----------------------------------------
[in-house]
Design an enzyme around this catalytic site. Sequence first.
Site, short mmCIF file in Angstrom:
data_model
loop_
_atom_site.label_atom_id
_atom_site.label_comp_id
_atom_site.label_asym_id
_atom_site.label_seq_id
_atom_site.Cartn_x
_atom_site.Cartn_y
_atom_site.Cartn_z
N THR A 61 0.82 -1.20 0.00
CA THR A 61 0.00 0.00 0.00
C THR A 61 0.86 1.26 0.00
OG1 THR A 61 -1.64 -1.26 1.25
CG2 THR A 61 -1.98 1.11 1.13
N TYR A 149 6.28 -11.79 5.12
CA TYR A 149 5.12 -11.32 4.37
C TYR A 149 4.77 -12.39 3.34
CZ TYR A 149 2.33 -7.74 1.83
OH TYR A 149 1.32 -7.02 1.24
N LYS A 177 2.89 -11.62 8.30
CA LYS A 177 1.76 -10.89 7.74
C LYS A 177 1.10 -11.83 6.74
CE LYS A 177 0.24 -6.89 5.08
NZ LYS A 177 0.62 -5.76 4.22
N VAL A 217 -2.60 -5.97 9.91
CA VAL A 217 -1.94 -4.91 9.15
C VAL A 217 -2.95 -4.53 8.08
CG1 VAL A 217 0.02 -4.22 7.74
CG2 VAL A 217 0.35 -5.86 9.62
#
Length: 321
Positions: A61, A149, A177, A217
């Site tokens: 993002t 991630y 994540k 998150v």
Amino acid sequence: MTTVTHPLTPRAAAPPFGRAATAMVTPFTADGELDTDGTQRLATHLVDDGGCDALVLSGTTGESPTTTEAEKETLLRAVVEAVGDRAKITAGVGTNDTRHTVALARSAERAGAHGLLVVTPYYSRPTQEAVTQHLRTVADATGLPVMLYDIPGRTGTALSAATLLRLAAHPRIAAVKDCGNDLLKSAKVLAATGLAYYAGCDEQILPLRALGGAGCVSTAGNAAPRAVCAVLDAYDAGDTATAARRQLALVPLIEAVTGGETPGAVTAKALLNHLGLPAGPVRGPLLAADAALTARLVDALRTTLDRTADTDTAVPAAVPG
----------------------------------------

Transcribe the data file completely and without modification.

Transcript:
[in-house]
Design an enzyme around this catalytic site. Sequence first.
Site, short mmCIF file in Angstrom:
data_model
loop_
_atom_site.label_atom_id
_atom_site.label_comp_id
_atom_site.label_asym_id
_atom_site.label_seq_id
_atom_site.Cartn_x
_atom_site.Cartn_y
_atom_site.Cartn_z
N THR A 61 0.82 -1.20 0.00
CA THR A 61 0.00 0.00 0.00
C THR A 61 0.86 1.26 0.00
OG1 THR A 61 -1.64 -1.26 1.25
CG2 THR A 61 -1.98 1.11 1.13
N TYR A 149 6.28 -11.79 5.12
CA TYR A 149 5.12 -11.32 4.37
C TYR A 149 4.77 -12.39 3.34
CZ TYR A 149 2.33 -7.74 1.83
OH TYR A 149 1.32 -7.02 1.24
N LYS A 177 2.89 -11.62 8.30
CA LYS A 177 1.76 -10.89 7.74
C LYS A 177 1.10 -11.83 6.74
CE LYS A 177 0.24 -6.89 5.08
NZ LYS A 177 0.62 -5.76 4.22
N VAL A 217 -2.60 -5.97 9.91
CA VAL A 217 -1.94 -4.91 9.15
C VAL A 217 -2.95 -4.53 8.08
CG1 VAL A 217 0.02 -4.22 7.74
CG2 VAL A 217 0.35 -5.86 9.62
#
Length: 321
Positions: A61, A149, A177, A217
């Site tokens: 993002t 991630y 994540k 998150v």
Amino acid sequence: MTTVTHPLTPRAAAPPFGRAATAMVTPFTADGELDTDGTQRLATHLVDDGGCDALVLSGTTGESPTTTEAEKETLLRAVVEAVGDRAKITAGVGTNDTRHTVALARSAERAGAHGLLVVTPYYSRPTQEAVTQHLRTVADATGLPVMLYDIPGRTGTALSAATLLRLAAHPRIAAVKDCGNDLLKSAKVLAATGLAYYAGCDEQILPLRALGGAGCVSTAGNAAPRAVCAVLDAYDAGDTATAARRQLALVPLIEAVTGGETPGAVTAKALLNHLGLPAGPVRGPLLAADAALTARLVDALRTTLDRTADTDTAVPAAVPG